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Transitions in Aging

Community Participation

Volunteer Activities

Photo of volunteers serving food

  • Offering our time to improve our community!

NEXT: How to Engage in Volunteer Activities


Notes and References

Another way to maintain a productive role post-retirement is to volunteer our time at local community agencies and organizations.



We can volunteer our time in many different ways; such as participating in community service or a community clean up, helping at a local homeless shelter or a food drive, and offering our time to help others at the hospital. Some things that may motivate us to volunteer include a desire to help others, the opportunity for social interaction and making friends, to fill free time and avoid being bored, and to feel productive or have a purpose.1,2 Volunteering provides us with opportunities to use our knowledge and skills, to develop new skills, to express our freedom of choice, and to broaden our social networks.3 Research shows that volunteering can be really beneficial for us, especially after retirement.4,5 It can give us a sense of purpose, improve our well-being, improve the functioning of our minds, decrease feelings of depression and improve our life satisfaction.4,5,6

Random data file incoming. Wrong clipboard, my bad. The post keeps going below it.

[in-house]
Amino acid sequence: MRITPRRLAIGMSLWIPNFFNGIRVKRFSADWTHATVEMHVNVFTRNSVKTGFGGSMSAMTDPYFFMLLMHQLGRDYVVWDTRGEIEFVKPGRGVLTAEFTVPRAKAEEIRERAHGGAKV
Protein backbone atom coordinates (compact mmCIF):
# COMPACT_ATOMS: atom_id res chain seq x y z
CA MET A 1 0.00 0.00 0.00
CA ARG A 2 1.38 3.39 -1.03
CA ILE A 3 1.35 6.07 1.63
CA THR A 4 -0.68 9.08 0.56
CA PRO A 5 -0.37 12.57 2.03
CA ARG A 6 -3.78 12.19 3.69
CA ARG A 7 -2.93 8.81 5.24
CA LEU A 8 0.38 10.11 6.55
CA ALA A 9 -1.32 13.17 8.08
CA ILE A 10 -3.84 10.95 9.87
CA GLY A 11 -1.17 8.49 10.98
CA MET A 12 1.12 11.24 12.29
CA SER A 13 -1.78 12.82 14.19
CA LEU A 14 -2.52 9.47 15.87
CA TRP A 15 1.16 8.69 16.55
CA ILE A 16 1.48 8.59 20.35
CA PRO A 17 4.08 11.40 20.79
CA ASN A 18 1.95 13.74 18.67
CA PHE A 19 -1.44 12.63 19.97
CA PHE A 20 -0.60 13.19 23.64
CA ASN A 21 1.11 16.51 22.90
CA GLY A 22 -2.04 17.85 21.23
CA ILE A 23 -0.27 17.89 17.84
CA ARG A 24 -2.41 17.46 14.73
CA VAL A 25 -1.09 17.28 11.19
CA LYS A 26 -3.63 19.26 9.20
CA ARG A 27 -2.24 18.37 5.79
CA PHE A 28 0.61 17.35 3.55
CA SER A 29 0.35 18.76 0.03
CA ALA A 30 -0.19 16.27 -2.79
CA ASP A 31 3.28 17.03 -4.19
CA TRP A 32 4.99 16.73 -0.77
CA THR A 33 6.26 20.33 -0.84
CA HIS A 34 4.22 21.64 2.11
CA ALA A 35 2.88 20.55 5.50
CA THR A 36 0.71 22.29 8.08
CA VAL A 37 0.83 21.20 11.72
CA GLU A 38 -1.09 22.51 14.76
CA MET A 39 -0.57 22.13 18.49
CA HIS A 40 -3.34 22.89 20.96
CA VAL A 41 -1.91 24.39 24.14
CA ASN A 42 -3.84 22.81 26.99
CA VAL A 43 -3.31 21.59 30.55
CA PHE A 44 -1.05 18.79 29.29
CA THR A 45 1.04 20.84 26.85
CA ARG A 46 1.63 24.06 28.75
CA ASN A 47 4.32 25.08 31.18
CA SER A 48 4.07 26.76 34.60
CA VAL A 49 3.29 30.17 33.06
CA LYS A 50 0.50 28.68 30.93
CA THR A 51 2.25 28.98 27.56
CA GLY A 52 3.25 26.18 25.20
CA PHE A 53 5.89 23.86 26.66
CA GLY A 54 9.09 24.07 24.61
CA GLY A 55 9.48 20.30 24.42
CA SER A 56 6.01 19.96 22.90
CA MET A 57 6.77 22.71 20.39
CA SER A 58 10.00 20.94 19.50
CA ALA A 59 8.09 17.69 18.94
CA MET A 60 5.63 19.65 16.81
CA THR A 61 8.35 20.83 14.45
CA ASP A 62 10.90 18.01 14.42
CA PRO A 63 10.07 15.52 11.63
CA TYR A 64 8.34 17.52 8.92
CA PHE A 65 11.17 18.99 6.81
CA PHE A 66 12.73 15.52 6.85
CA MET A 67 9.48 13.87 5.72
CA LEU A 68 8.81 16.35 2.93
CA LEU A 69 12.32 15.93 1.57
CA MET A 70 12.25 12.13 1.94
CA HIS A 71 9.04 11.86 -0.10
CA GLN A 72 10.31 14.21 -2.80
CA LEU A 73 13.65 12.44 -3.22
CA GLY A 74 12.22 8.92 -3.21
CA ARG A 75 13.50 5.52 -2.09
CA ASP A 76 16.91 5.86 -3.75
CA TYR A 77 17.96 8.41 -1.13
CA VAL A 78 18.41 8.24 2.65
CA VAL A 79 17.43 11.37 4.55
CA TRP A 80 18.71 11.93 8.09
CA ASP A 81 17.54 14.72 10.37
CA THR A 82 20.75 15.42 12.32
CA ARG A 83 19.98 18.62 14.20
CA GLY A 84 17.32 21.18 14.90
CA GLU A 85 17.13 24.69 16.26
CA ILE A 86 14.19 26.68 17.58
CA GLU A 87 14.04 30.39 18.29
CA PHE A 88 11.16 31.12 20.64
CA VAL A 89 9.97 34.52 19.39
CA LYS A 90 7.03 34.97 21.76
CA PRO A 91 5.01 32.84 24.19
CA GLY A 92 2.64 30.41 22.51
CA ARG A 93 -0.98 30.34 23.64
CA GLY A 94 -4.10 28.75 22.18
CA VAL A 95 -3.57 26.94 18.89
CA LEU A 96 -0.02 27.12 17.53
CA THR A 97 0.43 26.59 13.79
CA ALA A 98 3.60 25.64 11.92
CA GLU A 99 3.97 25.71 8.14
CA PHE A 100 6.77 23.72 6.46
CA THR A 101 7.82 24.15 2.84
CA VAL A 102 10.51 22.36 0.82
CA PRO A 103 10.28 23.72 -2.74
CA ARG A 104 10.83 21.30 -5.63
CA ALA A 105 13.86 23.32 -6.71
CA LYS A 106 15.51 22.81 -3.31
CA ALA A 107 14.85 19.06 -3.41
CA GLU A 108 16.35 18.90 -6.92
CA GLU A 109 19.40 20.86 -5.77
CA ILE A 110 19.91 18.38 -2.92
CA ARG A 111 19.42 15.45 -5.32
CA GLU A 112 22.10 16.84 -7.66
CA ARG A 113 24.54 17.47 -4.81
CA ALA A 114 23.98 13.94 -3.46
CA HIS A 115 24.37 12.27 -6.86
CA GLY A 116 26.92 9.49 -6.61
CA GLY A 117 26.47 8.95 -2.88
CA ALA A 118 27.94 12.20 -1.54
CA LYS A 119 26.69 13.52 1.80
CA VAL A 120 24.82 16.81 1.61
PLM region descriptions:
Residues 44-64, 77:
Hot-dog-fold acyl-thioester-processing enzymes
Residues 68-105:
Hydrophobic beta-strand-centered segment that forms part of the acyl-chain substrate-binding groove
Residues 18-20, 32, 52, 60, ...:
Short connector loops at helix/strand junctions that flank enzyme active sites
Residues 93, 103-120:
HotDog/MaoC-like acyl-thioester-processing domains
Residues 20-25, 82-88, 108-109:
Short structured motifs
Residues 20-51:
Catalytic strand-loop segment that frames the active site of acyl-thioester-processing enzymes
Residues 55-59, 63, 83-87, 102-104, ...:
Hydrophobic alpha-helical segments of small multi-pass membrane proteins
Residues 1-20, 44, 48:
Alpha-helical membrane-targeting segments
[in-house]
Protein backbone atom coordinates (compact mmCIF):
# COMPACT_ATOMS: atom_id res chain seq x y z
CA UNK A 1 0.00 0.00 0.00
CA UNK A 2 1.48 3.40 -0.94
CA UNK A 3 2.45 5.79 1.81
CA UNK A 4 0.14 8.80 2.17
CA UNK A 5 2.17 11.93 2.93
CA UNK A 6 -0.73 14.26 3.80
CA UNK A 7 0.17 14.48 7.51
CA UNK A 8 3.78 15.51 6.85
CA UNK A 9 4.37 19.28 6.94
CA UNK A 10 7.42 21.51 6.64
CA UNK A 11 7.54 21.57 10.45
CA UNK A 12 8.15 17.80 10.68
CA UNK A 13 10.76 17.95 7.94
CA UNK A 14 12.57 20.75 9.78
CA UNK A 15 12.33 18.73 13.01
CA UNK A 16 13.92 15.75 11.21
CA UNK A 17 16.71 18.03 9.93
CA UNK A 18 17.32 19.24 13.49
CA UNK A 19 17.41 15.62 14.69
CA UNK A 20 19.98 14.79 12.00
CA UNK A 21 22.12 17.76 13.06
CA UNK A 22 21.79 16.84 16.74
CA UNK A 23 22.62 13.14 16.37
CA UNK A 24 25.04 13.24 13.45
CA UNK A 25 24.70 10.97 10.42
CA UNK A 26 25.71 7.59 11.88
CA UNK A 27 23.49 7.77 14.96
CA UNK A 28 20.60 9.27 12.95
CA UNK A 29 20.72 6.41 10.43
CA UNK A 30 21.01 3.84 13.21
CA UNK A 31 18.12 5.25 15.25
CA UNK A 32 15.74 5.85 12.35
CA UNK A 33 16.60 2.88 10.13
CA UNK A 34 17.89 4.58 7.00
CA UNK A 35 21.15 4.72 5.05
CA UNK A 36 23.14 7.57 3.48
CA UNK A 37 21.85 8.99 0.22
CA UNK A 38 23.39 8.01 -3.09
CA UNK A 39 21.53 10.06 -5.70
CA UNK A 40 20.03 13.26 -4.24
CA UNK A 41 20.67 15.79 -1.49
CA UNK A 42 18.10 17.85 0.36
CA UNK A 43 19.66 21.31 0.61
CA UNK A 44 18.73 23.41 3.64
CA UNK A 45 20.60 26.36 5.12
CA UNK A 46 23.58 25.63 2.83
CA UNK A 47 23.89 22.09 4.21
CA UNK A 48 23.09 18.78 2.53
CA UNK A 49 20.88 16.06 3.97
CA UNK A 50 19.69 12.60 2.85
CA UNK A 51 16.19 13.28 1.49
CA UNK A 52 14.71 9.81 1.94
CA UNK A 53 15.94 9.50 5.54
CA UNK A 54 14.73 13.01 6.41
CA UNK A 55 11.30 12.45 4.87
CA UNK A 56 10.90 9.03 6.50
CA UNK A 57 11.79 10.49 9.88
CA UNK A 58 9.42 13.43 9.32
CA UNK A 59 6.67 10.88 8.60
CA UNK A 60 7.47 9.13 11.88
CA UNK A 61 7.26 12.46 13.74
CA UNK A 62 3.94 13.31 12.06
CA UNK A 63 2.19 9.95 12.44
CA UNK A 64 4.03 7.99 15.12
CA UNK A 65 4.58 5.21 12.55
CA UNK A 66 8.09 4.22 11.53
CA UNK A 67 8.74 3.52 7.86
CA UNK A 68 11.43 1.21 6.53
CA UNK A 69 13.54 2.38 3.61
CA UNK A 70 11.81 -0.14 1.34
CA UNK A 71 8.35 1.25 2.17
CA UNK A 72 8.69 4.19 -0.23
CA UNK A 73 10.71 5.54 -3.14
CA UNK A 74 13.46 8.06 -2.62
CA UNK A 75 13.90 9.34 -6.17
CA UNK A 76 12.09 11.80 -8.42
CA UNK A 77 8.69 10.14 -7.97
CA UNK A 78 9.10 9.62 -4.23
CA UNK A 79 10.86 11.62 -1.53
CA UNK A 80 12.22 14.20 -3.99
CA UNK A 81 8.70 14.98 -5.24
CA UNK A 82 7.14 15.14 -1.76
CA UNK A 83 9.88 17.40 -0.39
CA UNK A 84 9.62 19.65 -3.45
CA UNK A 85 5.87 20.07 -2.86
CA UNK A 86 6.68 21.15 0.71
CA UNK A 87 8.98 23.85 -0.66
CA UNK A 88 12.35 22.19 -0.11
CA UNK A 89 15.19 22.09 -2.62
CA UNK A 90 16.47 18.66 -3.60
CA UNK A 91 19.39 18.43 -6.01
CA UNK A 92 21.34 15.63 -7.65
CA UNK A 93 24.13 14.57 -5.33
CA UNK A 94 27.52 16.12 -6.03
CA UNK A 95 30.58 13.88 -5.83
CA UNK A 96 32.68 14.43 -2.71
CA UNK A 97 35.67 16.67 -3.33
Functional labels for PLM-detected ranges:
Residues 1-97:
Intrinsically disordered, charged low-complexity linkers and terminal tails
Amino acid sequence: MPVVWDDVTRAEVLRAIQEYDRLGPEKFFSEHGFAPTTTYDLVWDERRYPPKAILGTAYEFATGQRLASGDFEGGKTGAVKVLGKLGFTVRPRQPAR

References:

  1. Okun, M. A. (1994) The relation between motives for organizational volunteering and frequency of volunteering by elders, Journal of Applied Gerontology, 13(2), 115-126.
  2. Warburton, J., Terry, D. J., Rosenman, L. S. & Shapiro, M. (2001) Differences between older volunteers and nonvolunteers, Research on Aging, 23(5), 586-605.
  3. Balandin, S., Llewellyn, G., Dew, A., Ballin, L., & Schneider, J. (2006). Older disabled workers' perceptions of volunteering. Disability & Society, 21(7), 677-692.
  4. Wheeler, J. A., Gorey, K. M. & Greenblatt, B. (1998) The beneficial effects of volunteering for older volunteers and the people they serve: a meta-analysis, International Journal of Aging & Human Development, 47(1), 69-79.
  5. Fesko, S. L., Hall, A. C., Quinlan, J., & Jockell, C., (2012). Active aging for individuals with intellectual disability: Meaningful community participation through employment, retirement, service, and volunteerism. American Journal on Intellectual and Developmental Disabilities, 117(6), 497-508.
  6. Stancliffe, R. J., Bigby, C., Balandin, S., Wilson, N. J., & Craig, D. (2015). Transition to retirement and participation in mainstream community groups using active mentoring: A feasibility and outcomes evaluation with a matched comparison group. Journal of Intellectual Disability Research, 59(8), 703-718.